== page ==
Md. Tanjir Alam 
‘Kokhono Asheni’(1961), is the first movie of Zahir Raihan as a director. The title of the film alludes to something which is normal however not found ever. ‘Kokhono Asheni’ the directorial debut of Zahir Raihan, is a landmark film in the history of Bangladeshi filmmaking. Although Raihan had previously worked as an assistant director to A J Karder in the film Jago Huya Savera, it is with Kokhono Asheni that he truly announced his arrival on the filmmaking stage. The film, however, was well received by critics as ground-breaking in its substance, style and narrative elements. It can be broadly categorized under the ‘experimental art film’ category, albeit feeling like a social melodrama.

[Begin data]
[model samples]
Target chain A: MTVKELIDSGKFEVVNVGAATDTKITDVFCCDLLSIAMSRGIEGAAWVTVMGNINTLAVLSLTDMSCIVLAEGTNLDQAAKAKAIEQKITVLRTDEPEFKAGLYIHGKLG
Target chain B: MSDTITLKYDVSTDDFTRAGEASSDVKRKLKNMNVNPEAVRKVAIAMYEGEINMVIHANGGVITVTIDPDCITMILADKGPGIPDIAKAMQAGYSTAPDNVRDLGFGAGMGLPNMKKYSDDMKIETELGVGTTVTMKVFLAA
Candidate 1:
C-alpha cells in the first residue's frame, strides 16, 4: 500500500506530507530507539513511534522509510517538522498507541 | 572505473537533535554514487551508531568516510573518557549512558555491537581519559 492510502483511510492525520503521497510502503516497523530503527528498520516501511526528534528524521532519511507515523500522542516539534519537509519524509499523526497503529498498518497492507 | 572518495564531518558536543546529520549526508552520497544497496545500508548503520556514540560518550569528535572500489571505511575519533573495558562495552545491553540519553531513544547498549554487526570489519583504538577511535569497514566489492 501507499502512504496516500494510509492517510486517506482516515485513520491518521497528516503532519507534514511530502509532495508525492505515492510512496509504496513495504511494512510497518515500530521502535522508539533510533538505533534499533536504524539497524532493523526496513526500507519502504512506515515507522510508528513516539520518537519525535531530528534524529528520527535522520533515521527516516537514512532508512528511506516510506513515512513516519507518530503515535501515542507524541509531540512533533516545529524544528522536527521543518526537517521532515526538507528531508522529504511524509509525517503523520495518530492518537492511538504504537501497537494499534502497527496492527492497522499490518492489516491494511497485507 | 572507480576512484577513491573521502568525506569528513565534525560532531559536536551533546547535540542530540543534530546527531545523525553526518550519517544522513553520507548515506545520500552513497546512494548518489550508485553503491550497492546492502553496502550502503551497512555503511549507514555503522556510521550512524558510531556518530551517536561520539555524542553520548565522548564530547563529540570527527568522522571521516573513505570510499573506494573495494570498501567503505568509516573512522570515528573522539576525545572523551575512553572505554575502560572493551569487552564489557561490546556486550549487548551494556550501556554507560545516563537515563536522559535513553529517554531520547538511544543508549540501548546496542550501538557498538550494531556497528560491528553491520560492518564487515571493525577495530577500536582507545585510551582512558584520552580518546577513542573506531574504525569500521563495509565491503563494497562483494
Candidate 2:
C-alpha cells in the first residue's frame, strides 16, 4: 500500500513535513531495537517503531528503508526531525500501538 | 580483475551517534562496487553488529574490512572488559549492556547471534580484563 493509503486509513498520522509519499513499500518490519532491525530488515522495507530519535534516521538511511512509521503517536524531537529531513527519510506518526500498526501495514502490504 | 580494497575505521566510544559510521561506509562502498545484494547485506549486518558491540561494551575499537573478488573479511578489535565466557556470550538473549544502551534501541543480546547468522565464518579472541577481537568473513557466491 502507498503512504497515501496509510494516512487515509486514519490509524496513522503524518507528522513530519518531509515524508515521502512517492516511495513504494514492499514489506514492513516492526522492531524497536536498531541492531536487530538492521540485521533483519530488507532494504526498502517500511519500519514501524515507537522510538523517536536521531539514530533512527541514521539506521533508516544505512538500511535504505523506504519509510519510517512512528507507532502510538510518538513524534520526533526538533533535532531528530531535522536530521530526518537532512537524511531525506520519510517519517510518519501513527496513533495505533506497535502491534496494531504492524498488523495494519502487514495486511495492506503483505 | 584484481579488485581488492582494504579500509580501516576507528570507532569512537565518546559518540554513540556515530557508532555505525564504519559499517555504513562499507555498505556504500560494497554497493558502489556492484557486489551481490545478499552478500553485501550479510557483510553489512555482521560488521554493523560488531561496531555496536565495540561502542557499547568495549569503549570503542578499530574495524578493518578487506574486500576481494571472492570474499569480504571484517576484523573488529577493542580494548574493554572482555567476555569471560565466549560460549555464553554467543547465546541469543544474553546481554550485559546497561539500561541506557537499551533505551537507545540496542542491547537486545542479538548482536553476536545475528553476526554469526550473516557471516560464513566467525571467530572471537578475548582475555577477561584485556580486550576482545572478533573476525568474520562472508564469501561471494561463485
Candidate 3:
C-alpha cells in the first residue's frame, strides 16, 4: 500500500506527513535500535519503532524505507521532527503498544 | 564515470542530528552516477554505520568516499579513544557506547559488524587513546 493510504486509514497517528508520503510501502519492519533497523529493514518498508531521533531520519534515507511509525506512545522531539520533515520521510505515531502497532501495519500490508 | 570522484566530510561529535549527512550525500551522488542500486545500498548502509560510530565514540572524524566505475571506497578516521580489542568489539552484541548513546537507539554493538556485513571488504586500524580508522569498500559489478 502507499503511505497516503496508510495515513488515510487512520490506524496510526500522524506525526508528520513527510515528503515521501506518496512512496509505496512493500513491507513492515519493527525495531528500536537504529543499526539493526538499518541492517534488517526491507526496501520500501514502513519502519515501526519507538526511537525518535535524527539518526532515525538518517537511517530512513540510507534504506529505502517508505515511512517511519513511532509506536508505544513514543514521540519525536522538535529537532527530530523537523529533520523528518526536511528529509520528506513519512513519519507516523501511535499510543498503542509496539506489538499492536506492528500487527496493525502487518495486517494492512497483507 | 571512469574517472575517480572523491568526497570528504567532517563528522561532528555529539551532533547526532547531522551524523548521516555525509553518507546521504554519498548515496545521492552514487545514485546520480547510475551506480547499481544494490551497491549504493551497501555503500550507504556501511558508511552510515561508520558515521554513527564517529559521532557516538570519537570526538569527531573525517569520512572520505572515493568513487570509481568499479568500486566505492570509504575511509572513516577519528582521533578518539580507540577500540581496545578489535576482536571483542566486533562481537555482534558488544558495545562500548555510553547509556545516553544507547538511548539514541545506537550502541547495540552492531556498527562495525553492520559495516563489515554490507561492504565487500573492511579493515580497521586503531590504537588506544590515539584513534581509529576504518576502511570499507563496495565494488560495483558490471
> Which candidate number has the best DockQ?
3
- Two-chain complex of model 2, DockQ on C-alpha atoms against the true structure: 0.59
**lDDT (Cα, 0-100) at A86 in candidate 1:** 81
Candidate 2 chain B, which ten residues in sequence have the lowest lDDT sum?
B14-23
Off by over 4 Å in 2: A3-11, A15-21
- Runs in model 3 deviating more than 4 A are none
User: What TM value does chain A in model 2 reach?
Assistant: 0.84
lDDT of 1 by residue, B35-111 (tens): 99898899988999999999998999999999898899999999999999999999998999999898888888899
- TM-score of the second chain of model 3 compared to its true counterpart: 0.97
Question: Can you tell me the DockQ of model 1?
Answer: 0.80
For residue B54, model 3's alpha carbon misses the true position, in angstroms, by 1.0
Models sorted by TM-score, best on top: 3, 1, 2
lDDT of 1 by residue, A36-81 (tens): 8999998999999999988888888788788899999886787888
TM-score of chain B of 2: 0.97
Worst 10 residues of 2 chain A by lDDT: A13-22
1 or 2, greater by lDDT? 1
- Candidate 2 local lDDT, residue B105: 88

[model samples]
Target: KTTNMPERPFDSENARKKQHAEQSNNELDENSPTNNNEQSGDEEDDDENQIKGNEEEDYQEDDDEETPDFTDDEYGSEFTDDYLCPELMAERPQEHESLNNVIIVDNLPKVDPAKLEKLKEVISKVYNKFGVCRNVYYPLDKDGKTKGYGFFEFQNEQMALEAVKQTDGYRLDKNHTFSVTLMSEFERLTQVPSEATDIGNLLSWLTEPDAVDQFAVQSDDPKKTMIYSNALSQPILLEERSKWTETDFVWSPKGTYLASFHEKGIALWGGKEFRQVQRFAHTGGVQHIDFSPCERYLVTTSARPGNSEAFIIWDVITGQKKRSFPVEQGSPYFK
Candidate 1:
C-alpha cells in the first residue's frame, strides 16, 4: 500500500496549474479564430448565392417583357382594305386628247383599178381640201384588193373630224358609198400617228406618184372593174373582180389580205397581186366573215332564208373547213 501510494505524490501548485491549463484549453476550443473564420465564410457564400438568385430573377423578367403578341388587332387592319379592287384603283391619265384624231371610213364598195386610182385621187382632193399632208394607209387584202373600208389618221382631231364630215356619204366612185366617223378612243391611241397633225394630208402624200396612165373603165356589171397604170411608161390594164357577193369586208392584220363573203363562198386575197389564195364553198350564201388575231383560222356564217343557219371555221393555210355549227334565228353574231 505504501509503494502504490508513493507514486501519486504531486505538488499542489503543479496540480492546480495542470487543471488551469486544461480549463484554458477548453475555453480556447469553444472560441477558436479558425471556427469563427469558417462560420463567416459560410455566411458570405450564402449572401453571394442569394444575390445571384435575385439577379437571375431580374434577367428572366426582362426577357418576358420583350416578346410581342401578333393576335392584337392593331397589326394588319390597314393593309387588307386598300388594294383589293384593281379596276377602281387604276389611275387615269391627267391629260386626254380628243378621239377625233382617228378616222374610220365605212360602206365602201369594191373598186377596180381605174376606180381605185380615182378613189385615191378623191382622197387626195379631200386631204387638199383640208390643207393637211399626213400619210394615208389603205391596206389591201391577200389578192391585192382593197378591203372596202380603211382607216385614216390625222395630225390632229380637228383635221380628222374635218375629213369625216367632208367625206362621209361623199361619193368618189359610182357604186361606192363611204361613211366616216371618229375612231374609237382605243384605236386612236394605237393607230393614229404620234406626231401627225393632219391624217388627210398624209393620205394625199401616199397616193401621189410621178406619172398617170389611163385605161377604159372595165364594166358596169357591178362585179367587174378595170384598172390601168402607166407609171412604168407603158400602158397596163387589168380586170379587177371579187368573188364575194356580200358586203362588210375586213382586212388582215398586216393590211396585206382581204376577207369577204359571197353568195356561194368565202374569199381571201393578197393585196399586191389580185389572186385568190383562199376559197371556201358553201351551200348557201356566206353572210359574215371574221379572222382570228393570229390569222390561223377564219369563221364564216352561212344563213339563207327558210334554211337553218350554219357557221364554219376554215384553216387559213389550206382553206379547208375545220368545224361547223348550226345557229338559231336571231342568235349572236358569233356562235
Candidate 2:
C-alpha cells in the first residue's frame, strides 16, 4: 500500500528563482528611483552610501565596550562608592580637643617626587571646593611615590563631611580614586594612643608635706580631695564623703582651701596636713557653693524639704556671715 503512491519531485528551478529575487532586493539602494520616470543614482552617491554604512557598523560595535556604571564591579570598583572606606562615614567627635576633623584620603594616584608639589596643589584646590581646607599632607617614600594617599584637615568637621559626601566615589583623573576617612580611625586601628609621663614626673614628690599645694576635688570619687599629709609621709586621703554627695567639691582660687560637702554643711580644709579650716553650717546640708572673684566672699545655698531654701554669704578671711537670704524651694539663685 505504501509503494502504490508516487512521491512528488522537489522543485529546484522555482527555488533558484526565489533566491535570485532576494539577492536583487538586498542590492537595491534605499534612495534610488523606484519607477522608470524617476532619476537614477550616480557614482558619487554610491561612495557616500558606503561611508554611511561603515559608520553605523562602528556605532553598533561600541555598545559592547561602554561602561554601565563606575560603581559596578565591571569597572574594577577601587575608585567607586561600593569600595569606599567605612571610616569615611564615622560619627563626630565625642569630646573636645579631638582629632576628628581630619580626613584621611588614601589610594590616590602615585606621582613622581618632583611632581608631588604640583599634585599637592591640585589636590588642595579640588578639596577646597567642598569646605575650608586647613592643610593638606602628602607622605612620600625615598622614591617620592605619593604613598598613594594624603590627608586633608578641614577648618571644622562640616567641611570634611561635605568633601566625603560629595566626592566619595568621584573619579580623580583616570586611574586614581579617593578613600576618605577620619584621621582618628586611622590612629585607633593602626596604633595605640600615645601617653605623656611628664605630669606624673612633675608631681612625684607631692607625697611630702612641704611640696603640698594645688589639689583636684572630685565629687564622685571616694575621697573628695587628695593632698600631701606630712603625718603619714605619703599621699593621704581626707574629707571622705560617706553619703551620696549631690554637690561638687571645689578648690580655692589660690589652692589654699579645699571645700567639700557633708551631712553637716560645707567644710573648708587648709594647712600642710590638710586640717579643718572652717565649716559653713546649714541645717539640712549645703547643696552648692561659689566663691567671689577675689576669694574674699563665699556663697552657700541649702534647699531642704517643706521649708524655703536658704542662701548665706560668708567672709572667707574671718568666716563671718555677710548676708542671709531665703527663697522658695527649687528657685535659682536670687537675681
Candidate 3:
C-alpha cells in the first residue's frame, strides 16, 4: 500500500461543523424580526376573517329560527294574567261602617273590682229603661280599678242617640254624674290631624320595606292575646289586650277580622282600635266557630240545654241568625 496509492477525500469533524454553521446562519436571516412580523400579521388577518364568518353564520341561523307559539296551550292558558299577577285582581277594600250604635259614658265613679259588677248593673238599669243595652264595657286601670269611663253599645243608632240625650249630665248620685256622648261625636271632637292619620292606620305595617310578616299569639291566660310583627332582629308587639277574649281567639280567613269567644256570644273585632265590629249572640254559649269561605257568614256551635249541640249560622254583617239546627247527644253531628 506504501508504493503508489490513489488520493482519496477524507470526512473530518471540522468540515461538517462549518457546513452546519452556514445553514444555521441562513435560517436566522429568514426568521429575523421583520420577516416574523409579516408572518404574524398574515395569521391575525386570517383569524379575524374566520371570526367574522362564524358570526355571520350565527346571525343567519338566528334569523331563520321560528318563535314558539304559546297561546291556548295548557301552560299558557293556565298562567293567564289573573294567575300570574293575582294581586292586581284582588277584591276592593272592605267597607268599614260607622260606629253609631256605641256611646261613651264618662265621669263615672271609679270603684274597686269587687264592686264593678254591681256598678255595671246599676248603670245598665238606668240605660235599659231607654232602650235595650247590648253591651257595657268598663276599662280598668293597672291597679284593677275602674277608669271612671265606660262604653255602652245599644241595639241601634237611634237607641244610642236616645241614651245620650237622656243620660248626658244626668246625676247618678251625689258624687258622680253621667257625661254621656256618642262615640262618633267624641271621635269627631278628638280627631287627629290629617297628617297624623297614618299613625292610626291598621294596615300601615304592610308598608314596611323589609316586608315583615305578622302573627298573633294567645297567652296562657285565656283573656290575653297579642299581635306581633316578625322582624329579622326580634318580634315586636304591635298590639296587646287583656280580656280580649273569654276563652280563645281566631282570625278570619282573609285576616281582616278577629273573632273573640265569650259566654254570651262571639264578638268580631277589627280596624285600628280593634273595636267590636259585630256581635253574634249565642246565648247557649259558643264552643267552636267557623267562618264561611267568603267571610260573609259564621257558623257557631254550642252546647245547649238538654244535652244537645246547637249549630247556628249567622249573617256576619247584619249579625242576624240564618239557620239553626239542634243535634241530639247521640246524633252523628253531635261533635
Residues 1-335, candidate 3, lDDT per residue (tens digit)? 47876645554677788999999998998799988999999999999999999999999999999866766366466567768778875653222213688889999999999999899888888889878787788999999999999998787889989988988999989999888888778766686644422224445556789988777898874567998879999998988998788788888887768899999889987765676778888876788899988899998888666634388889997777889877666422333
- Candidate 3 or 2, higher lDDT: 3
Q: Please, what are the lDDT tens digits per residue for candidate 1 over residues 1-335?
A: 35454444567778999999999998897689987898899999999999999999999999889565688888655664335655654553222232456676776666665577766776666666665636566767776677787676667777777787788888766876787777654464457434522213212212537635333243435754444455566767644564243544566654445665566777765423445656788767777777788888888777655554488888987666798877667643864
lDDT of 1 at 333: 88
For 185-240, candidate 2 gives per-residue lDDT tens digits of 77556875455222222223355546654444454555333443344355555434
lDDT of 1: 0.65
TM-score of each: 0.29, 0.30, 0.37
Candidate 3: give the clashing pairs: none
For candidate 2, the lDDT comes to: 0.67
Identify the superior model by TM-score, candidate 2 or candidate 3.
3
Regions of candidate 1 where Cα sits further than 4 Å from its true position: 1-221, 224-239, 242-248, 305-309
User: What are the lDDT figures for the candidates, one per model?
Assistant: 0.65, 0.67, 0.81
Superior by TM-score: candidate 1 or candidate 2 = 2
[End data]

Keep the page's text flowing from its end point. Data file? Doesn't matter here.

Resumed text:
‘Kokhono Asheni’ is set against the backdrop of 1960s Dhaka in the then East Pakistan. As such, it provides us with a rare opportunity to see life of the average middle-class Bangladeshi in Dhaka. The film essentially speaks to the account of a lower-class family, their life battle, a lady and her story and the musings of the general public of the 1960s in a very efficient account style. A rich individual named Sultan regards a lady as a model, as a piece of his own gallery whom he purchased with just 50 taka when she was a kid. However, the lady is youthful at this point. She needs to escape this historical center and needs to be dealt with like a human. She experiences passionate feelings for Shawkat, a youthful painter lives in alongside her structure.